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Published: 13 March 2008
Auction sell-off bungle still makes uncomfortable reading

IT must have been uncomfortable, admittedly, for the power-holders at the Town Hall to read our exposure last week of how a deaf woman had discovered through our columns that her home had been auctioned off.
It couldn’t have been a pretty story for them to digest.
What did they do?
They went, in effect, for a fierce denial.
This was set out at length in a letter (see page 18) by the housing chief, Chris Naylor.
So, we re-checked our story this week with the tenant, Lucy Eagar, who confirmed that we had ­accurately reported the facts.
She showed our reporter a letter sent by housing director Neil Litherland on February 25 fully confirming she was seen as the ­tenant of the very house that had been sold at the auction – sold, as we reported, without her knowledge. Ironically, the letter was sent on the very day of the auction!
Our view remains unimpaired – the large-scale sale of council-owned street properties is shortsighted and morally wrong. Property portfolios owned by the council are gilt-edged and should be hoarded.
As for the housing department’s error, this reflects the sort of bureaucratic bungling that occurs – perhaps inevitably – in all large institutions. Council officials should simply admit they were wrong and do their best to find out how they got it all mixed up.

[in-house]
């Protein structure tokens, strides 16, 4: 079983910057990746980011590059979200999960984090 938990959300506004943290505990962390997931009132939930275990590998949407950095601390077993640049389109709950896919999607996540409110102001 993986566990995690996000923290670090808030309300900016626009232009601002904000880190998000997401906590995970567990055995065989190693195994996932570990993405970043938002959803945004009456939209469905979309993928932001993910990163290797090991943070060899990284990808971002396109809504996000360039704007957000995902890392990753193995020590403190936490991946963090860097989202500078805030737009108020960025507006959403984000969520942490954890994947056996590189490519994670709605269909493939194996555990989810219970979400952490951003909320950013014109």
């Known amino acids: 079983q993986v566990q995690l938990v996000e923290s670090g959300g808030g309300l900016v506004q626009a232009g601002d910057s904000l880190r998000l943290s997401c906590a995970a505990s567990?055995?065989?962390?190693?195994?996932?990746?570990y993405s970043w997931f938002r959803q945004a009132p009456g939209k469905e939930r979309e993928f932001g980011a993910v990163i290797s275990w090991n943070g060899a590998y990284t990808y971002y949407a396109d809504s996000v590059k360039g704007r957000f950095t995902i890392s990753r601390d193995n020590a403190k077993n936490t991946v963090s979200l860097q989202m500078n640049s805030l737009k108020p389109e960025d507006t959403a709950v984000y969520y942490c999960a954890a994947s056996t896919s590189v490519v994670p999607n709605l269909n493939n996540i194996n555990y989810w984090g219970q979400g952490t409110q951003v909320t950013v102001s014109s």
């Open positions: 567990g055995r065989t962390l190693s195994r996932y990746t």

Let’s not lose edge
IN terms of architecture, design, facilities and social mix – not to speak of its rich history in ­radicalism and the arts – ­Camden is a unique borough.
But constant vigilance is needed to protect it. Left undefended, it can easily fall prey to various ­predators out for a quick buck.
Recent signs show that the big boys have got their eyes on our high streets.
Chain stores have a rightful place in any high street – but too many, at the expense of small local shops kill individuality, and when that goes all that is left is a dead zone.
We agree with Dr Caroline Wiertz of City University (see page 6) that Camden Town has, for many shoppers, an edgy attraction, and it should remain so. The appearance of the fashion store H&M in Camden High Street may not bode well for the area. Too much regulated planning stultifies an area. Too little can tip the balance in favour of damaging market forces.

Send your letters to: The Letters Editor, Camden New Journal, 40 Camden Road, London, NW1 9DR or email to The deadline for letters is midday Tuesday. The editor regrets that anonymous letters cannot be published, although names and addresses can be withheld. Please include a full name, postal address and telephone number. Letters may be edited for reasons of space.

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